20 January 2013

the appeal in ice fishing {a poem}

The man is alone on the ice,
an inconsequential spot
to those in climate-controlled cars speeding their way on I-70 between Denver and the ski resorts.

We've got to hurry, they all think,
so we can get up on that mountain,
get out into nature,
ski goggles in place,
helmet on,
parka zipped.

We've got to hurry to make the most of the day.

But the man sits alone on the ice on an old milk crate,
his fishing line dangling into the hole
he cut several hours earlier.

The appeal in ice fishing must be in its recognition
that we are all inconsequential spots,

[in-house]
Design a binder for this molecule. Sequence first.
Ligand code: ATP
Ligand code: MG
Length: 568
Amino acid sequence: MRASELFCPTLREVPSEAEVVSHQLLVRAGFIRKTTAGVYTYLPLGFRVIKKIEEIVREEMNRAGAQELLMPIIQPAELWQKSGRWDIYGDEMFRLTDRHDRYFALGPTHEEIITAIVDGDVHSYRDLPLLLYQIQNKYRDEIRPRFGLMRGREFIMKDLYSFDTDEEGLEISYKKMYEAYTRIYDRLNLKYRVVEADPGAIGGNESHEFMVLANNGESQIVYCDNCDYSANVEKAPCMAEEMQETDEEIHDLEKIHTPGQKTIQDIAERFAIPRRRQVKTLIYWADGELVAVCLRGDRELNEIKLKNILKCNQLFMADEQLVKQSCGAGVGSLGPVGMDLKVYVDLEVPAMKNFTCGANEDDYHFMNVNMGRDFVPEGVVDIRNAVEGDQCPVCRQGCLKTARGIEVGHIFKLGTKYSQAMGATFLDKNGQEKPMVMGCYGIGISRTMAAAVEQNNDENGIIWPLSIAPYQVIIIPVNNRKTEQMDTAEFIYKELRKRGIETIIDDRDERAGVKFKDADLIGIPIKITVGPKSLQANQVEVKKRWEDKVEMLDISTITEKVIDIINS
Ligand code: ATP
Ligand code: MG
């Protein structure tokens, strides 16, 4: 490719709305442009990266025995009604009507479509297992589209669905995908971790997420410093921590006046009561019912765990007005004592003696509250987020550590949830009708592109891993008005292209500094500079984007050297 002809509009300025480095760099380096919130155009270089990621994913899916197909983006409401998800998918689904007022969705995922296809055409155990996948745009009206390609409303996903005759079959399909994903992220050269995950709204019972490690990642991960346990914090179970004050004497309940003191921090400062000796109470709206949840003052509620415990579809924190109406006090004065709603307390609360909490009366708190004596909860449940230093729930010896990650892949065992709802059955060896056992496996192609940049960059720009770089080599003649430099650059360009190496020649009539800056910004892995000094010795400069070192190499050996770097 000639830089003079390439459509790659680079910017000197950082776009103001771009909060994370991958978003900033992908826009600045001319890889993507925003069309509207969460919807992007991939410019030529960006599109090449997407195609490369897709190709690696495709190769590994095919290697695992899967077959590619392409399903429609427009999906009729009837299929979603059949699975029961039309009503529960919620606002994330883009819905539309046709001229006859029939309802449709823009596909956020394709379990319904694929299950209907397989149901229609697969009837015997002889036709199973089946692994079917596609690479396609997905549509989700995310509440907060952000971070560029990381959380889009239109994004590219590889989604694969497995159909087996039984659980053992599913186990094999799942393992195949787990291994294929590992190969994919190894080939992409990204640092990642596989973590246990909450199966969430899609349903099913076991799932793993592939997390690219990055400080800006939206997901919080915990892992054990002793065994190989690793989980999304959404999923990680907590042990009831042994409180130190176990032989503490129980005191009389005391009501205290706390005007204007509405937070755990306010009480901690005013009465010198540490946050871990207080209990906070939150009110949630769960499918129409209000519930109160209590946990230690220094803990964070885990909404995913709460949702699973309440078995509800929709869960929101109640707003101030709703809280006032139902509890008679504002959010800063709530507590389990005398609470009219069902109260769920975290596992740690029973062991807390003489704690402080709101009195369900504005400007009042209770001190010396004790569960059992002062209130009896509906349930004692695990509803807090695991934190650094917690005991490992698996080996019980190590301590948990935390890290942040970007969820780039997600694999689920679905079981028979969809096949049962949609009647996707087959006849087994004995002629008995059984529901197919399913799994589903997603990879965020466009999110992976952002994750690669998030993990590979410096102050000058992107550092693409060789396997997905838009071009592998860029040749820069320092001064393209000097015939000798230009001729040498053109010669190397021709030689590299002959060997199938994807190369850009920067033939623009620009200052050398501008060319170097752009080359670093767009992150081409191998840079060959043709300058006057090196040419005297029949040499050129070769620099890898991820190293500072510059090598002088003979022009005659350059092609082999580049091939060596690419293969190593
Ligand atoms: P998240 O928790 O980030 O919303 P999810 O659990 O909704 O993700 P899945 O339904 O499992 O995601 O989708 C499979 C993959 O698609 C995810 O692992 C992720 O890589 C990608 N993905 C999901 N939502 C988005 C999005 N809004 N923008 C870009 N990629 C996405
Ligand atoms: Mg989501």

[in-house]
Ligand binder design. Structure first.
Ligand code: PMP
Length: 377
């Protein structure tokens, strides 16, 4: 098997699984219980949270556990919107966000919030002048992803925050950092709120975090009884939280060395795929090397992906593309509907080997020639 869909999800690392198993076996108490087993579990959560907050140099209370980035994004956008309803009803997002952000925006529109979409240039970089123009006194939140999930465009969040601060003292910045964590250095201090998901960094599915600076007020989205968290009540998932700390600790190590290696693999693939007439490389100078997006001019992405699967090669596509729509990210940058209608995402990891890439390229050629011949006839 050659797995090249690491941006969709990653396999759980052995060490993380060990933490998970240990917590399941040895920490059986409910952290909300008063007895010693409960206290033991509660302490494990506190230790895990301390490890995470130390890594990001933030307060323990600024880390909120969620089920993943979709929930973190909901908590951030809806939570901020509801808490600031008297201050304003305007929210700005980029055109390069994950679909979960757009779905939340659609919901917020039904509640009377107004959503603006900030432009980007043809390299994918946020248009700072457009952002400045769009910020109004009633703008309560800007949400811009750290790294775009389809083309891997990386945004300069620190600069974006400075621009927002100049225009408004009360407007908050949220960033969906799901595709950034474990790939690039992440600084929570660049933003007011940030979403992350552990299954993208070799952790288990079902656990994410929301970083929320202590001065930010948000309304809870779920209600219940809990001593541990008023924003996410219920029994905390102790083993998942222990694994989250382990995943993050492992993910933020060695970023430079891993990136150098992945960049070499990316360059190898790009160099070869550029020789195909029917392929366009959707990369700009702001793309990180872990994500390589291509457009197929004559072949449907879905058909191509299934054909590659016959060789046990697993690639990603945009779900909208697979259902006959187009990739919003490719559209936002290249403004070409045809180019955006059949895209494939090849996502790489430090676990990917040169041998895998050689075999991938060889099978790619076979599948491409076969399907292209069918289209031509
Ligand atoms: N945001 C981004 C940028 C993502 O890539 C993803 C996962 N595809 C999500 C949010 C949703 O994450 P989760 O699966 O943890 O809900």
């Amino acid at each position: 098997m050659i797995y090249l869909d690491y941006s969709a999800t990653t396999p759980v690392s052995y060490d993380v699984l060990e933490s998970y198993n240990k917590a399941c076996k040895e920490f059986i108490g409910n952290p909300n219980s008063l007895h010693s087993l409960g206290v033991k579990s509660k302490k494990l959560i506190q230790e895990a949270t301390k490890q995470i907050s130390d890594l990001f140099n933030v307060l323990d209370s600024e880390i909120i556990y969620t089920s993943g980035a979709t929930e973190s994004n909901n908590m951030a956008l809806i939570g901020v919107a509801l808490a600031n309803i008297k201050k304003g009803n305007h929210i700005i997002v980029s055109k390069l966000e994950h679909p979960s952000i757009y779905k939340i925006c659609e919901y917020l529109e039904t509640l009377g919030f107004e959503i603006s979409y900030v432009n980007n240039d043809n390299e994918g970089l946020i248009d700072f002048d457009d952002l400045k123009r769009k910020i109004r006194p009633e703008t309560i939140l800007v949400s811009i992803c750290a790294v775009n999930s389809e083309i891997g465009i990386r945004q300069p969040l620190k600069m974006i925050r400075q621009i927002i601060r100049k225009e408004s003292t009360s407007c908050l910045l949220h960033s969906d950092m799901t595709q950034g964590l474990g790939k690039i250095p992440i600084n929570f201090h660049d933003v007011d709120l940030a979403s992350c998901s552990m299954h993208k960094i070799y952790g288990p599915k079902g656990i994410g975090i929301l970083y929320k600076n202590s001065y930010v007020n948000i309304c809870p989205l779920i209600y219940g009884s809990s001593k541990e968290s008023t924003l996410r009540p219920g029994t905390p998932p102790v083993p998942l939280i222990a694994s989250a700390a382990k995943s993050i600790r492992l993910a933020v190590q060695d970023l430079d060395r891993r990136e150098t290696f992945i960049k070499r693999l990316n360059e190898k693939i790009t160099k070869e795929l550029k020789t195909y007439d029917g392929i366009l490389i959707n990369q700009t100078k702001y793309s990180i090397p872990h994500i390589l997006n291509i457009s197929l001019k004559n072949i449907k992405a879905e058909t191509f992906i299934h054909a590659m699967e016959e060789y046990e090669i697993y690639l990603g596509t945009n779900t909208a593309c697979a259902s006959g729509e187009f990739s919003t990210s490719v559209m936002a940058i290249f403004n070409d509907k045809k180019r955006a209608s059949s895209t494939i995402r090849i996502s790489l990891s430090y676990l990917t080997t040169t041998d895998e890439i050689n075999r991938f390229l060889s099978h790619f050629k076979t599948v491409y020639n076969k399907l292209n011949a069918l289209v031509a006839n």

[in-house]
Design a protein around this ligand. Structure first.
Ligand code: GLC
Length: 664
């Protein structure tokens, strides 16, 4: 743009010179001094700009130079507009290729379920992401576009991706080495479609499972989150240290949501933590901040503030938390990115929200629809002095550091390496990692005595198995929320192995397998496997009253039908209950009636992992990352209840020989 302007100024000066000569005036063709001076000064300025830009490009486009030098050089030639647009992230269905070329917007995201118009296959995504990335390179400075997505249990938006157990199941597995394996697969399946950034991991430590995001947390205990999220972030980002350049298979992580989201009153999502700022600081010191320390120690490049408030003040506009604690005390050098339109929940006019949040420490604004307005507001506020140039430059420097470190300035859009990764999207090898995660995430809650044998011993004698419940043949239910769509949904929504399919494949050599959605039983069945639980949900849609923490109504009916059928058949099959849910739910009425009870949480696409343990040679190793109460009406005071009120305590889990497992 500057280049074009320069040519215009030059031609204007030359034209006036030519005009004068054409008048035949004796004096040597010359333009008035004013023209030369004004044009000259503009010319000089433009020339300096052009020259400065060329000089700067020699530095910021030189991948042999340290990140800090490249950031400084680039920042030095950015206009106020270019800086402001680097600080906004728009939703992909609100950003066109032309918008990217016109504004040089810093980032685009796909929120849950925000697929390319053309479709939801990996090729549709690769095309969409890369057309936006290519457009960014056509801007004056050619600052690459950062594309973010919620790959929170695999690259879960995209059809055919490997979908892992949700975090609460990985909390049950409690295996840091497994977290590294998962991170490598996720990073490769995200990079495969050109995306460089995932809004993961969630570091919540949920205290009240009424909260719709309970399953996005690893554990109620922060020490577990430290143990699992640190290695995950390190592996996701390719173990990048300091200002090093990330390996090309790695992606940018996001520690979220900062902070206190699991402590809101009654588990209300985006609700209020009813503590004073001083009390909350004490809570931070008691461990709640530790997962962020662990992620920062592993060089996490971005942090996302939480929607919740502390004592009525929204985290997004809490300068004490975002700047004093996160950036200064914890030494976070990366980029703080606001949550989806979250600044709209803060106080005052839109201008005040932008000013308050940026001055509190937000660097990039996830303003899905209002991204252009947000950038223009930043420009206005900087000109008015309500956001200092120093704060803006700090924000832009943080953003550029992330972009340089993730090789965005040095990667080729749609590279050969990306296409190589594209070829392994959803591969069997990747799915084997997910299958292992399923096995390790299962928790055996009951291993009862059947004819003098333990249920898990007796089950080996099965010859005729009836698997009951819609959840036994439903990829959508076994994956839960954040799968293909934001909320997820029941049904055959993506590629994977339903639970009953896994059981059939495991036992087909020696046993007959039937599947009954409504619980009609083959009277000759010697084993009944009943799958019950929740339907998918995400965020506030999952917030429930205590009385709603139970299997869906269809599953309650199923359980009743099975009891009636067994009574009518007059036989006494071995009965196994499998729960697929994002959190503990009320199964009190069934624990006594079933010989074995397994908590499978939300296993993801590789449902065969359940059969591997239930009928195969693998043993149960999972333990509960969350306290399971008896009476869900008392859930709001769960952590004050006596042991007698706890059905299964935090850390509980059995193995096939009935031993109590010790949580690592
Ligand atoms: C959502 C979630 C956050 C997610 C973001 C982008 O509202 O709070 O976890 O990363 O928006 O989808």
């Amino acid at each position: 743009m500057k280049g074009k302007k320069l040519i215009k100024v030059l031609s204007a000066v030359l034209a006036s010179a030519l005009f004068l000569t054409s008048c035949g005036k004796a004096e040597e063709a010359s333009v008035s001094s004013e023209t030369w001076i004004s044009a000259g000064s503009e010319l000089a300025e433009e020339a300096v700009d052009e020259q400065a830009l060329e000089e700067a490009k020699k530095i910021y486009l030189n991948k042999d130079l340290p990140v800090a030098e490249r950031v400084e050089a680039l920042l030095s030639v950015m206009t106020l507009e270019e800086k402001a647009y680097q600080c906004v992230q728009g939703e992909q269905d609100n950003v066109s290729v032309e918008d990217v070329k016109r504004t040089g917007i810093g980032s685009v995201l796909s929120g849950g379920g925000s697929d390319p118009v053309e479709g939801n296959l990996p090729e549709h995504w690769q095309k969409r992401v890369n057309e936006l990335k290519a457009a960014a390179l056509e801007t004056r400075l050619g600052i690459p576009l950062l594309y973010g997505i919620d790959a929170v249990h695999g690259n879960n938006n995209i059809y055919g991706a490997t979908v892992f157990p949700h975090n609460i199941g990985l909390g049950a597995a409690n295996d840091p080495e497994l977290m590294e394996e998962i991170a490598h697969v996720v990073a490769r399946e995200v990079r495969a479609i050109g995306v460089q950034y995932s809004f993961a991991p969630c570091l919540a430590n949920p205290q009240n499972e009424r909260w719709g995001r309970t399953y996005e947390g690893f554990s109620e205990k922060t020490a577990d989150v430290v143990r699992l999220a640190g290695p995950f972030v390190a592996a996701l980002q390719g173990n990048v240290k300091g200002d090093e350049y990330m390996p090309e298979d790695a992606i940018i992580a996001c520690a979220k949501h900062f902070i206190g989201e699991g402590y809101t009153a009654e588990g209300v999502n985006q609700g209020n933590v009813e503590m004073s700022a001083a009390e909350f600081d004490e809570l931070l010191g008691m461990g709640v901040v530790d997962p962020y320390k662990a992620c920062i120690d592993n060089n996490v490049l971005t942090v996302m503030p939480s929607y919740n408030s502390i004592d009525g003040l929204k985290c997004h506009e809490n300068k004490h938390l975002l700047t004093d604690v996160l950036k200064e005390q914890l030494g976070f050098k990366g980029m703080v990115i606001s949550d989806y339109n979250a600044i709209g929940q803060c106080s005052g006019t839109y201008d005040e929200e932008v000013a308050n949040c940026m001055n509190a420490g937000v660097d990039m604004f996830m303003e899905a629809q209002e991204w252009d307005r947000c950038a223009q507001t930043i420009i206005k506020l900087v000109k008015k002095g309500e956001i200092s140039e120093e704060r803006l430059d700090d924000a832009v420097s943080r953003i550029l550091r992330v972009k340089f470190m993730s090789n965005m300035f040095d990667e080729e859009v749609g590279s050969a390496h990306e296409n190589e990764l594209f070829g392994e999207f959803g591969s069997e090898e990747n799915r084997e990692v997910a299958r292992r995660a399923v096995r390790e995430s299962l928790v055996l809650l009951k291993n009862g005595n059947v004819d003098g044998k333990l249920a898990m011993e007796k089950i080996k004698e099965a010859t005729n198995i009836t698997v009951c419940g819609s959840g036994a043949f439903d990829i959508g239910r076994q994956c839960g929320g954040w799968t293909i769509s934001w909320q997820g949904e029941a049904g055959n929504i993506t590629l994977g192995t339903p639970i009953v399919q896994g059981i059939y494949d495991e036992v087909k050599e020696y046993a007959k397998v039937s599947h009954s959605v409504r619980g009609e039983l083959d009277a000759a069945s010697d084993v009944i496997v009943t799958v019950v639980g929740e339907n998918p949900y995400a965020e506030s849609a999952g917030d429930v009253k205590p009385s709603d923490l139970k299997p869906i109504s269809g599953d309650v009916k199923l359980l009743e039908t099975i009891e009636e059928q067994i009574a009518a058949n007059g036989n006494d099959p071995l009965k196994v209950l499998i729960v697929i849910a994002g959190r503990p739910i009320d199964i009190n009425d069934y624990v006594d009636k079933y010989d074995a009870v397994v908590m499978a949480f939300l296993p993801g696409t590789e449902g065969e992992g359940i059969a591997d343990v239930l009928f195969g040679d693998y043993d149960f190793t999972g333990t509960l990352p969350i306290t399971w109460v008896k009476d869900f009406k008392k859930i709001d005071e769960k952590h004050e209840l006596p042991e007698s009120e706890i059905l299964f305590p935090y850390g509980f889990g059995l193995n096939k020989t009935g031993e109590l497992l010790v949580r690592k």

mere shadows in nature's grandeur and light.

His gray stocking cap is pulled low,
and a plaid Thermos of coffee is in easy reach.
Slow, steady breaths and the occasional scrape of his boot on the ice—
these are the only sounds
as he waits for the Next Big Thing that
may be right under his feet.

To make the most of the day,
the ice fisherman knows,
usually requires
slowing down and
trusting: you can't always see the good that's right around you.

But hush. And wait.
It may come right to you.

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